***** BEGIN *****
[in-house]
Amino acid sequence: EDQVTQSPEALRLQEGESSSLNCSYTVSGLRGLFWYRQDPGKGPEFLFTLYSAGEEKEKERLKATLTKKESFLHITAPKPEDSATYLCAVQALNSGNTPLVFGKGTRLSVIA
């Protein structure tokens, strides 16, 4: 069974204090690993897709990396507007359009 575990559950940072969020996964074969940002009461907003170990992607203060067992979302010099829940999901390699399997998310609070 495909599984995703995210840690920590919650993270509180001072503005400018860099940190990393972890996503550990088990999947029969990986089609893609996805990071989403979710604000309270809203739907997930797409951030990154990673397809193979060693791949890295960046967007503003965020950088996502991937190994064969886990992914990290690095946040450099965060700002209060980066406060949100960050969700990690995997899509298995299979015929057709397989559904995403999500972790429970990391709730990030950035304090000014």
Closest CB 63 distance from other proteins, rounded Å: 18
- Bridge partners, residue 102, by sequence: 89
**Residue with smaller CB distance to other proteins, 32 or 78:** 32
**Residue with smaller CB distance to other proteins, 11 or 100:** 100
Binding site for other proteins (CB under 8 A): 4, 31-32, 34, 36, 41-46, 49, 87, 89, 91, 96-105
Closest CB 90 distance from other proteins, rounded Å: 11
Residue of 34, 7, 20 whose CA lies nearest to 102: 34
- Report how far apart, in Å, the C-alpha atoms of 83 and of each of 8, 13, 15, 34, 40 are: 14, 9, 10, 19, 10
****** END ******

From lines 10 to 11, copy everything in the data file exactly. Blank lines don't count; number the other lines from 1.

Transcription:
Residue of 34, 7, 20 whose CA lies nearest to 102: 34
- Report how far apart, in Å, the C-alpha atoms of 83 and of each of 8, 13, 15, 34, 40 are: 14, 9, 10, 19, 10